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FEBRUARY 2005

> SOUNDTRACK OF MY LIFE | ginger hamilton caudill

My parents originally met while singing on a radio program. Both had lovely voices and a joy for music. I grew up listening and loving all kinds of music, from the classics to show tunes to popular music. I knew all the songs from Oklahoma, The Music Man, and Funny Girl. I wept with Sunrise, Sunset and laughed at Matchmaker from Fiddler on the Roof. I knew all the leaves are brown and the sky is gray and that you could get your kicks on Route 66. I became acquainted with the old man that played knick-knack on my thumb, and I knew the old lady who swallowed a fly. I called the wind Mariah and wondered how much was that doggie in the window. I knew when Irish hearts are happy, all the world seems bright and gay, and I knew to get out of the way for old Dan Tucker. I wondered why the captain shouted for Dinah to blow her horn.

Sometimes Mom and Dad would play Moonlight Sonata on the piano. The power of that song touches a deep chord within me still. How could anyone ever forget the Red River Valley or not long to hear Shenandoah? My great grandmother and I sang Do your ears hang low to the rhythm of her treadle sewing machine, and it was from her I learned all of Mama's babies loved short'nin' bread. Grandpa taught me Ezekial connected dem dry bones, and Grandma carried me back to ole Virginny. When I took piano lessons, I learned to play and sing flow gently, sweet Afton and rock-a-bye baby.

Later, I went to scout and church camp and learned more about life through songs. I was taught the more we get together, the happier we'll be. When I was happy and I knew it, I clapped my hands. I knew if you didn't want to have a mother-in-law and fourteen kids, you'd better sip your cider from a pail. Forget about trying to get to heaven on a kite because the kite string will surely break. I knew to cover my spaghetti if anyone looked like they were going to sneeze so my meatball wouldn't roll off, and I never ate a peanut I just found laying around. I loved the mountains and the rolling hills, and knew the king of the bush was Kookaburra. Michael rowed the boat ashore while sister trimmed the sail, and I entreated the Lord to kum by ya. It was good to know the day the teddy bears have their picnic, and that if it didn't rain any more I wouldn't have to wash my neck.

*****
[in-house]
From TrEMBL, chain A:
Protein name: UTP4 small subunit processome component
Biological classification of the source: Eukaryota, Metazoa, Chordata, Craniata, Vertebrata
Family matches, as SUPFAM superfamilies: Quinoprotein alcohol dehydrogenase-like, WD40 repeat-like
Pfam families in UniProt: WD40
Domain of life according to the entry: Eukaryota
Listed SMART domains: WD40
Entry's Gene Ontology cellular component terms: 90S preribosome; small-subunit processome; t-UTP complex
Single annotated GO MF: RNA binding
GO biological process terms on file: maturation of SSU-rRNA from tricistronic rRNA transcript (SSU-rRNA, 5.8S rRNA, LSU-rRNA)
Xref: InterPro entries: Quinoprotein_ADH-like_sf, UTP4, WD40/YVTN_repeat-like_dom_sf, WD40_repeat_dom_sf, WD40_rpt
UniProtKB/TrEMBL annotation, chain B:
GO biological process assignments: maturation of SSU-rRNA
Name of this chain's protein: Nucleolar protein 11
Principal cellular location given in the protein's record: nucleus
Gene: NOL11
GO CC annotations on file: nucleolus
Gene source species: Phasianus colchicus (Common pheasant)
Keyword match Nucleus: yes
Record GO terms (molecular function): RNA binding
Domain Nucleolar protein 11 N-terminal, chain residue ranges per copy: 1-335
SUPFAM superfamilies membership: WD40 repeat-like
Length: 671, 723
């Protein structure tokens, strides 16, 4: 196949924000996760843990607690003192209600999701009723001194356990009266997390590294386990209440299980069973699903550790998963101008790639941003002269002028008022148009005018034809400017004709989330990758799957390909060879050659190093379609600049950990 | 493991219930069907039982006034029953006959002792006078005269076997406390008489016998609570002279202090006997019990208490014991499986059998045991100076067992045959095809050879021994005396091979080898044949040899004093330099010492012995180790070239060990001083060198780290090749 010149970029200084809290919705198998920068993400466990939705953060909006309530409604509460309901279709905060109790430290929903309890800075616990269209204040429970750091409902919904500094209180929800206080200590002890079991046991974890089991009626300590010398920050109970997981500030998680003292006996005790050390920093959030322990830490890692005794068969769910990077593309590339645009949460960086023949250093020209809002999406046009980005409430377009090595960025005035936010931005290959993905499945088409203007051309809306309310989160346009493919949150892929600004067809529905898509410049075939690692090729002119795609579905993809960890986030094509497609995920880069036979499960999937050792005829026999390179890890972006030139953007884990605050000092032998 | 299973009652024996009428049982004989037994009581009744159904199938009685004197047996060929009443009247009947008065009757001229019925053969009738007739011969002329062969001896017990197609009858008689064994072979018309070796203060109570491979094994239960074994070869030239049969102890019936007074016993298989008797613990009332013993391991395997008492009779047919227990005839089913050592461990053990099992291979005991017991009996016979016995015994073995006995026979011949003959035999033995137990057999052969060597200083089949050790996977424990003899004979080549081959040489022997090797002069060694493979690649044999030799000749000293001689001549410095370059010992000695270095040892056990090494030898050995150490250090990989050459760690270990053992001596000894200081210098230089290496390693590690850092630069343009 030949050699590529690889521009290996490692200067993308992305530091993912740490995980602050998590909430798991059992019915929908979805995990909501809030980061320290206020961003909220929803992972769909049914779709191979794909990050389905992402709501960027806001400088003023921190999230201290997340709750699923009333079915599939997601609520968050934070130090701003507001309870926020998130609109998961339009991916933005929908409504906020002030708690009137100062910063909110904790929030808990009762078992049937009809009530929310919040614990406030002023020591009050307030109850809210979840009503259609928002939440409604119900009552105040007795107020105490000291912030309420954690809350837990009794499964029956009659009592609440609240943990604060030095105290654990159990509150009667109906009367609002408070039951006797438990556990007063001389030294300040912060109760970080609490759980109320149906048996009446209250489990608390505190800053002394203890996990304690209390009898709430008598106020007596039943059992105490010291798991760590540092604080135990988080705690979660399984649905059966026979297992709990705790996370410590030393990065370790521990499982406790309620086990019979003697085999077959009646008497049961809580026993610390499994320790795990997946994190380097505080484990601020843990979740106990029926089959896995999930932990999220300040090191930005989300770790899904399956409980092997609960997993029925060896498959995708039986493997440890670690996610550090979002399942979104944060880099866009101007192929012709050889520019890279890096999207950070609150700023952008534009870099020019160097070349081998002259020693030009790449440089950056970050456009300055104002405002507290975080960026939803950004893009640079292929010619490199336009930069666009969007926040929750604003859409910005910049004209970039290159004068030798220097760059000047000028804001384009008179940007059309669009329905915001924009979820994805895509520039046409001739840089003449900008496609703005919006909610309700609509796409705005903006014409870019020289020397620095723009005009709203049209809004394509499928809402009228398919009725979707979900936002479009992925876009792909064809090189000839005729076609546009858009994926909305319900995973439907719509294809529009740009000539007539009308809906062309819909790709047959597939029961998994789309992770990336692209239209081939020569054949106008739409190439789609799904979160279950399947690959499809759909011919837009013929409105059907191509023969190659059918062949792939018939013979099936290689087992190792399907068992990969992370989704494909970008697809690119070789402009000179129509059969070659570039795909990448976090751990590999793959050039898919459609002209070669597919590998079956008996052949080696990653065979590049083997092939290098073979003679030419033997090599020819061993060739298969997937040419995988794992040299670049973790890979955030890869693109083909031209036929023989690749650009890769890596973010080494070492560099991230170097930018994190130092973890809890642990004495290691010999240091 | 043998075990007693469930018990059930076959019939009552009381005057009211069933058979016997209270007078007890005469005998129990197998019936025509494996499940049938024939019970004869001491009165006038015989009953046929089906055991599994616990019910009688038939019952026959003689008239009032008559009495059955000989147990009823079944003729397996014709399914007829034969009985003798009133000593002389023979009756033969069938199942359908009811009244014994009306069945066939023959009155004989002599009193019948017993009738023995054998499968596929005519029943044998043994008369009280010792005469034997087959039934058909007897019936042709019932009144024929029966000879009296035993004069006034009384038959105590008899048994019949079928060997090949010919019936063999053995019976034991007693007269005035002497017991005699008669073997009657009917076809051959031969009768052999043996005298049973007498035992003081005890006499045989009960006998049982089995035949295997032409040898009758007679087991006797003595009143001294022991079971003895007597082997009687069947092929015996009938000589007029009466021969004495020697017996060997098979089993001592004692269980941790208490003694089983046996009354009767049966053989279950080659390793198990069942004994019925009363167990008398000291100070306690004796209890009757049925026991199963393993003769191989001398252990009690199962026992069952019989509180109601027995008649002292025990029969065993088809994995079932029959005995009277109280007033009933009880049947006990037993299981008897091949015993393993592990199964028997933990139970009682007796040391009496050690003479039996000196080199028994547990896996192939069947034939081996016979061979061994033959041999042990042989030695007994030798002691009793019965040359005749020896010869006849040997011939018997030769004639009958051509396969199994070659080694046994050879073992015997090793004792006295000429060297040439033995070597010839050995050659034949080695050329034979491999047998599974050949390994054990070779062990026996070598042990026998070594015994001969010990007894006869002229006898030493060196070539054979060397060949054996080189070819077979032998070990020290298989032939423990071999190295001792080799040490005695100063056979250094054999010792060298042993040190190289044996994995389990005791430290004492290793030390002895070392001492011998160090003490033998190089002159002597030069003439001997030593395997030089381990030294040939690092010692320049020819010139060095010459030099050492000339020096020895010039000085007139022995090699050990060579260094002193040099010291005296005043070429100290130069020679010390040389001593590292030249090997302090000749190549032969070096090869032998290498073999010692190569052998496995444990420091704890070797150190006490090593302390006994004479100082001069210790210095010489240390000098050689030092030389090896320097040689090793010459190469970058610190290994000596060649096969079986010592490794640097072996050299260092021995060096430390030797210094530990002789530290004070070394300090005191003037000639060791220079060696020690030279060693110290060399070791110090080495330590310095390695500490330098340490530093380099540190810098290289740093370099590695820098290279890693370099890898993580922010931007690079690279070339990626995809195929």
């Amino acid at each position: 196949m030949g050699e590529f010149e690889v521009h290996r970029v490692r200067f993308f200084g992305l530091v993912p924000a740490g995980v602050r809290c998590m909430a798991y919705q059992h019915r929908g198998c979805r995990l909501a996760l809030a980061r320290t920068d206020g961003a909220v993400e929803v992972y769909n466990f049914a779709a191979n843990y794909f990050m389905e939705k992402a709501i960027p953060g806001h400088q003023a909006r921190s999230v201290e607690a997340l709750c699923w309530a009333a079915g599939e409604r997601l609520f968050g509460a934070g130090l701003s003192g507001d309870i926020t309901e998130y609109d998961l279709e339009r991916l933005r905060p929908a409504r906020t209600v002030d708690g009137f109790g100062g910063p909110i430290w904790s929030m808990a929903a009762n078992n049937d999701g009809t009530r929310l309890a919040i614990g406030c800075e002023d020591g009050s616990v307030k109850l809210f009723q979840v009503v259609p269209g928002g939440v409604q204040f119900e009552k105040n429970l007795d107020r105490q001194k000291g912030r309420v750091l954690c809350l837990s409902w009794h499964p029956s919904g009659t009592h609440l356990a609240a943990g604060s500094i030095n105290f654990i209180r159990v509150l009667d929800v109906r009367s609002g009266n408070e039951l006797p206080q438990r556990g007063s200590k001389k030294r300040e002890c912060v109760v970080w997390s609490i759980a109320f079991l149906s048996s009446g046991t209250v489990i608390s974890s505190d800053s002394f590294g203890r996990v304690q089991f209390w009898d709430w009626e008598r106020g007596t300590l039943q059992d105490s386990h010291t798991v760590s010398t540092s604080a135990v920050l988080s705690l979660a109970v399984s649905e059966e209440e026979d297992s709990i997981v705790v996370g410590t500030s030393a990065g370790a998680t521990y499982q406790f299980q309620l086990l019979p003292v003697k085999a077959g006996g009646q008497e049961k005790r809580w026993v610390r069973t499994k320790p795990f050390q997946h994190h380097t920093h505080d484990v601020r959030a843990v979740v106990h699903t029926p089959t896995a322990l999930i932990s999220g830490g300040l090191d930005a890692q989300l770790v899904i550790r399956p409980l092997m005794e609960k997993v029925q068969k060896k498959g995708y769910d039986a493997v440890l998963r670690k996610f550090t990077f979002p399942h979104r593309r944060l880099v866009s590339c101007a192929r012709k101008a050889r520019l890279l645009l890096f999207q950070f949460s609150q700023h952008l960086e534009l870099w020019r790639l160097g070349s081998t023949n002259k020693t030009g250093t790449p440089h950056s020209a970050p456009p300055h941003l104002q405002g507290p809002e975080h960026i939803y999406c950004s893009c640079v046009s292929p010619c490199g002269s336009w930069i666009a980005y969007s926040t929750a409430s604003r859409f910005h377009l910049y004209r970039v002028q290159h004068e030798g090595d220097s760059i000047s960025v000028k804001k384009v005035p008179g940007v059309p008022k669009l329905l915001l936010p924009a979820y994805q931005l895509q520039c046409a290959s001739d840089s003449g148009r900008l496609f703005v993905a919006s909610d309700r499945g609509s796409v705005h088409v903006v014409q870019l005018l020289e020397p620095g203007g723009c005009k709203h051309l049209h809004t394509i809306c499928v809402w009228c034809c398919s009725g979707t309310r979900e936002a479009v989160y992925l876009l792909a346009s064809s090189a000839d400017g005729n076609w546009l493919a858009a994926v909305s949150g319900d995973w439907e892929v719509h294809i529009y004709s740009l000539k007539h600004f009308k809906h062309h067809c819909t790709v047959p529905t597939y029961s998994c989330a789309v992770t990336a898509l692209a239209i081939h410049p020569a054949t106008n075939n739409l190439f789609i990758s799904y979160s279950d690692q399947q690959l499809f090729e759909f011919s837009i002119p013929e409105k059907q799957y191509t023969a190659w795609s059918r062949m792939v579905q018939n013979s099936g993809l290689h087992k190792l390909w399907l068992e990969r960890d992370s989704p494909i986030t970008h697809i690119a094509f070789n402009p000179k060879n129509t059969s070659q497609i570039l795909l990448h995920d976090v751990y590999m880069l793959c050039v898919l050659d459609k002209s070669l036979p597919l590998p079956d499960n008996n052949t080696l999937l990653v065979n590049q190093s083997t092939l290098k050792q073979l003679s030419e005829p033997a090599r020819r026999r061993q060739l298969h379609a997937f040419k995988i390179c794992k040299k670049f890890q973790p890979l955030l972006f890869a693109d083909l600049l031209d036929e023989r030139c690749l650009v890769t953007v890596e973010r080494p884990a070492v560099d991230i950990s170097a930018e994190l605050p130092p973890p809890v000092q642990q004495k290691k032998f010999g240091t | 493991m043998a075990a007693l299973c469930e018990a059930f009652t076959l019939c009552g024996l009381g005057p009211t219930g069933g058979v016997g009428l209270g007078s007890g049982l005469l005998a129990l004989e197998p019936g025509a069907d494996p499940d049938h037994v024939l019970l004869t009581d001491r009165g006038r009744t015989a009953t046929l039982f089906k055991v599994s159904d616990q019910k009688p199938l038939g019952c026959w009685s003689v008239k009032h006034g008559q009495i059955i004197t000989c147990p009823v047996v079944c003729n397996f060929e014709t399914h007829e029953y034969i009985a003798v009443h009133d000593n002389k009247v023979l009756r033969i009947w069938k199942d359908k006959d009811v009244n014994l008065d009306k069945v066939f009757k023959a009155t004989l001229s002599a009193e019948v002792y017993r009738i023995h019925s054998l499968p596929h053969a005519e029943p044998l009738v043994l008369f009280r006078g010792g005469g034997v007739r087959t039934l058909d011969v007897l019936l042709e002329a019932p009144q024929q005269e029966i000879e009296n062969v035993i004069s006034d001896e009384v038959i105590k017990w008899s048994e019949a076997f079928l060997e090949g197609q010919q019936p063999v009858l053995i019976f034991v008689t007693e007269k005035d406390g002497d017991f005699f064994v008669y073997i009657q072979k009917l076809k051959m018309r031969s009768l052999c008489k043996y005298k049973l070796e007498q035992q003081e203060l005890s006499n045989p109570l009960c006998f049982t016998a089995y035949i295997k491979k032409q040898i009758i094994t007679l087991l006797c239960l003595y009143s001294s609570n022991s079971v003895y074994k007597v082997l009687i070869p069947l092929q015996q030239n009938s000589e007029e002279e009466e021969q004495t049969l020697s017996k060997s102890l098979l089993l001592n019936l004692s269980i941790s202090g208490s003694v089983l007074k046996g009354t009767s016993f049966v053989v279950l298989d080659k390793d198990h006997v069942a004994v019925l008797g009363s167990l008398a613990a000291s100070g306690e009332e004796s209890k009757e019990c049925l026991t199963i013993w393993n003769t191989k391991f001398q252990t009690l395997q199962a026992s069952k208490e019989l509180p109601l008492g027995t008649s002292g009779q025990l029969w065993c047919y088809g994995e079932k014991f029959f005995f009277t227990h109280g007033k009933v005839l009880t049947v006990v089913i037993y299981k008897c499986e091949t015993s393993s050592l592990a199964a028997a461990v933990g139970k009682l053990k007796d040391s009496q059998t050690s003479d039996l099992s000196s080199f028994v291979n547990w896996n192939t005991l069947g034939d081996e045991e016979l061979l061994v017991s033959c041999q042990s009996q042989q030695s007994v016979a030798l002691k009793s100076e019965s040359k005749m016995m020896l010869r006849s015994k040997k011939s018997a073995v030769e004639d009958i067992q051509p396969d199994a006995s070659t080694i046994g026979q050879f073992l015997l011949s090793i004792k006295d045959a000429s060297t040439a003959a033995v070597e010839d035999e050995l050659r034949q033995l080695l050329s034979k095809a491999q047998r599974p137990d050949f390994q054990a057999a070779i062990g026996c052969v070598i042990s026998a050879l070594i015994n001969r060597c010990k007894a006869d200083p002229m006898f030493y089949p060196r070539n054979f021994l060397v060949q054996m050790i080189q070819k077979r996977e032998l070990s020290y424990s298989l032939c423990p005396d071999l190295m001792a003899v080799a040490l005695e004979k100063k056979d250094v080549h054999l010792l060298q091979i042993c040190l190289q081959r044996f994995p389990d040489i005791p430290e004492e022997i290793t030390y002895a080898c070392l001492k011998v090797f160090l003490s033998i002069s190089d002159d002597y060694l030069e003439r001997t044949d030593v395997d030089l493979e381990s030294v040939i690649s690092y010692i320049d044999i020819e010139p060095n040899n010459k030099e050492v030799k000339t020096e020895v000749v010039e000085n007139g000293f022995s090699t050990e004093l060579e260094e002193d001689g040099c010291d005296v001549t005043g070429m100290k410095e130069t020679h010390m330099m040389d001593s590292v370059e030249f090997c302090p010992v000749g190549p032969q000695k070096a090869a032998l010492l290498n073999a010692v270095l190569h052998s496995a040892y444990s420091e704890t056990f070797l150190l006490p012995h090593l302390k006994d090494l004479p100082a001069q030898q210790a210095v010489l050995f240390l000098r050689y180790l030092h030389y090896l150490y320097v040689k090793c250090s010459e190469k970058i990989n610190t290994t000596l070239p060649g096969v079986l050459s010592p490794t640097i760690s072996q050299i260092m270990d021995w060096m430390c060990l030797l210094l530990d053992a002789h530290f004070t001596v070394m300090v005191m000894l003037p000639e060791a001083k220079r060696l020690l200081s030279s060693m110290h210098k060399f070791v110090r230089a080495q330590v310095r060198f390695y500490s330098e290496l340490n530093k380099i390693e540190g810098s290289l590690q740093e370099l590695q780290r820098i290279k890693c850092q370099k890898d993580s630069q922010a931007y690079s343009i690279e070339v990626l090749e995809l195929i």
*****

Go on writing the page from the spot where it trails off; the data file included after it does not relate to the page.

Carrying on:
As a teen I learned you could hear the whistle blow five hundred miles. No one knew where all the flowers had gone, but we all knew we'd overcome some day. This land was your land and my land, and we had a song to sing in the morning and in the evening all over this land. Who was the man who shot Liberty Valance? The answer was blowin' in the wind. I wanted to live where seldom is heard a discouraging word and the skies are not cloudy all day. I knew we didn't have a barrel of money, but we could travel along, singing a song, side by side.

When I grew older, songs took on new meanings for me. In the days of wine and roses, all you needed was love. Any day now, Johnny Angel, the Duke of Earl, and Henry the Eighth would wanna hold my hand. I found out the sun shines bright on Loch Lomond and only love can break a heart. Breaking up was hard to do, but we knew our day would come. Everybody was doing the loco-motion. Ahab the Arab sang my camel to bed. We enjoyed dancin' in the street after a hard day's night and feelin' glad all over. We knew a horse was a horse (of course) and now we've been to the desert on a horse with no name. Mustang Sally, Major Tom, Mrs. Robinson, and a boy named Sue were all born free as the grass grows. I had boys sing Brown-Eyed Girl to me, although I was a Green-Eyed Lady. I knew to say a little prayer and let the sunshine in. What a wonderful world I lived in. The sounds of silence were broken only by good vibrations. We still had operators to help us make our calls, and the bare necessities included sitting on the dock of the bay and in strawberry fields forever. All along the watchtower we could see a bridge over troubled waters where proud Mary and the girl from Ipanema went walking to the house of the rising sun.

If I wanted to sing about travel, there was a white room with black curtains at the station, and a magic bus. Some guy was always leaving on a jet plane, and by the time he got to Phoenix, his woman (the one who was ever gentle on his mind) would be rising. We wondered if our friends were going to Scarborough fair and knew those boots were made for walkin'. Whether tip toeing through the tulips or riding a yellow submarine, we knew the road was long with many a winding turn, but Mary Richards reminded us we were gonna make it after all. We celebrated summer in the city, but a hazy shade of winter was kind of a drag. Kentucky raindrops kept fallin' on our heads, but we could still let a smile be our umbrella. My generation was there for the dawning of the Age of Aquarius and we coloured our world with hope. We bungled in the jungle and down on the corner, and learned to live and let die. Most of us looked at life from both sides now. Some tried to save time in a bottle. Mostly, I believe, we wanted to put a little love in our hearts.

Now that I'm older, the hills are alive with the sound of music, with songs they have sung for a million years. Memories light the corners of my mind, some too painful to remember. But it's the way we were. Welcome back, Kotter.

> BIOGRAPHY | about the author

Ginger Hamilton Caudill writes in spite of a husband, four children, a mentally disabled sister, four cats, a guinea pig, and a hamster, all of whom offer constant input.